Acronyms have taken center stage in social media postings. LOL, OMG and BRB are commonly used in our texts and other informal messages. In our more formal writings, we still follow the long-standing rule to write out the full name of an acronym the first time we use it in a piece. This practice has become increasingly important as the number of acronyms has increased so substantially over the past years. This is especially true in Payment and Practice Management. In fact, one of the most common acronyms we use even includes an embedded acronym: the Medicare Access and CHIP Reauthorization Act (MACRA) where CHIP is the Childrens’ Health Insurance Program.
Acronyms do serve a purpose. They allow us to communicate more quickly and efficiently. They may even provide some insight into the level of expertise someone has in a given topic. For instance, how much confidence do you have in the privacy or security advice you get from someone who makes consistent references to the Health Insurance Portability and Accountability Act as “HIPPA” rather than “HIPAA”?
However, have acronyms become so over-used that they impede communication? Consider these examples (a key to the meaning for each is at the end of this article):
- The CF is part of the MPFS along with RVUs for work, PE and PLI.
- PI used to be ACI and before that it was MU.
- Are you a MIPS EC or are you in an APM?
- The MBI has replaced the HICN.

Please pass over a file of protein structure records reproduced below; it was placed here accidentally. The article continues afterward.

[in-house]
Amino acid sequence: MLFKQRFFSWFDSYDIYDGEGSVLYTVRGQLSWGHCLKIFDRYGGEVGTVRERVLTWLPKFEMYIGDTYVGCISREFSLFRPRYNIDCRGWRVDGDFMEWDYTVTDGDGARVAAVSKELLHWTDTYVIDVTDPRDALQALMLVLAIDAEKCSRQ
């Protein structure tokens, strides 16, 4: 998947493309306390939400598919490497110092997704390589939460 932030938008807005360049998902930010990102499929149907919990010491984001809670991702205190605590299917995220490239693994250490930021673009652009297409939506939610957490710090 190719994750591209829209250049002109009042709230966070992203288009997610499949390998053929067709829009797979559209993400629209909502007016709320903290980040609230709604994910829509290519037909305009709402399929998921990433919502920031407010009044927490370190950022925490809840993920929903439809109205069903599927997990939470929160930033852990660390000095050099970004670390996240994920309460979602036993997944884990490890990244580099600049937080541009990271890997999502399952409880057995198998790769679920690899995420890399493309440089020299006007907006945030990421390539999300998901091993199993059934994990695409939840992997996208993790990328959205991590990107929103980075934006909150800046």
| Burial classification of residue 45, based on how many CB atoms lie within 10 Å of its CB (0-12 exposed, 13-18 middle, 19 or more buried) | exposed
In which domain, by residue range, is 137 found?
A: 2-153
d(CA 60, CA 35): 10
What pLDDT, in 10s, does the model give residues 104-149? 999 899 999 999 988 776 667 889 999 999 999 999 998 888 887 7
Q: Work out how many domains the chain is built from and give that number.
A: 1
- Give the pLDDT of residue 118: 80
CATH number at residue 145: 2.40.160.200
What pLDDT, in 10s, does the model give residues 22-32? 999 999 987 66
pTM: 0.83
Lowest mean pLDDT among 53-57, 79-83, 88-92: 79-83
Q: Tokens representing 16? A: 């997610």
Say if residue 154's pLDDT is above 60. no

- MACRA created the QPP.
- Required elements on an 837P claim include DOS, POS, DX, and NPI.
- Should I use a QCDR or a QR or my EHR to report my MIPS activities?
- How does CMS use HCCs?
- The NCCI includes PTPs and MUEs.
- Have you confirmed information on file in PECOS and the NPPES?
- HARP accounts will replace EIDM accounts for QPP related issues.
Acronym use has become so prevalent that the Centers for Medicare & Medicaid Services (CMS) provides a look up tool for acronyms that are commonly used in Medicare. You may find this a handy aid in keeping up with all the changes we face and to make sure everyone is in synch with what an acronym stands for - especially when there can be multiple meanings. For example, what first comes to mind when you see “AA”? Is it anesthesiologist assistant or anesthesia care personally performed by an anesthesiologist?
The start of a new year is a good time to make sure that our communications are working as intended!
ACI Advancing Care Information
APM Alternative Payment Model
CF Conversion Factor
DOS Date of Service
EC Eligible Clinician
EHR Electronic Health Record
EIDM Enterprise Identity Management
HARP HCQIS Access Roles and Profile
HCC Hierarchical Condition Category
HCQIS Health Care Quality Information System
HICN Health Insurance Claim Number
MBI Medicare Beneficiary Identifier
MIPS Merit-based Incentive Payment System
MPFS Medicare Physician Fee Schedule
MU Meaningful Use
MUE Medically Unlikely Edit
NCCI National Correct Coding Initiative
NPI National Provider Identifier
NPPES National Plan and Provider Enumeration System
PE Practice Expense
PECOS Provider Enrollment, Chain, and Ownership System
PI Promoting Interoperability
PLI Professional Liability Insurance
POS Place of Service
PTP Procedure to Procedure
QCDR Qualified Clinical Data Registry
QPP Quality Payment Program
QR Qualified Registry
RVU Relative Value Unit
 BTW, why is there only one “M” in “CMS”?
 Another embedded acronym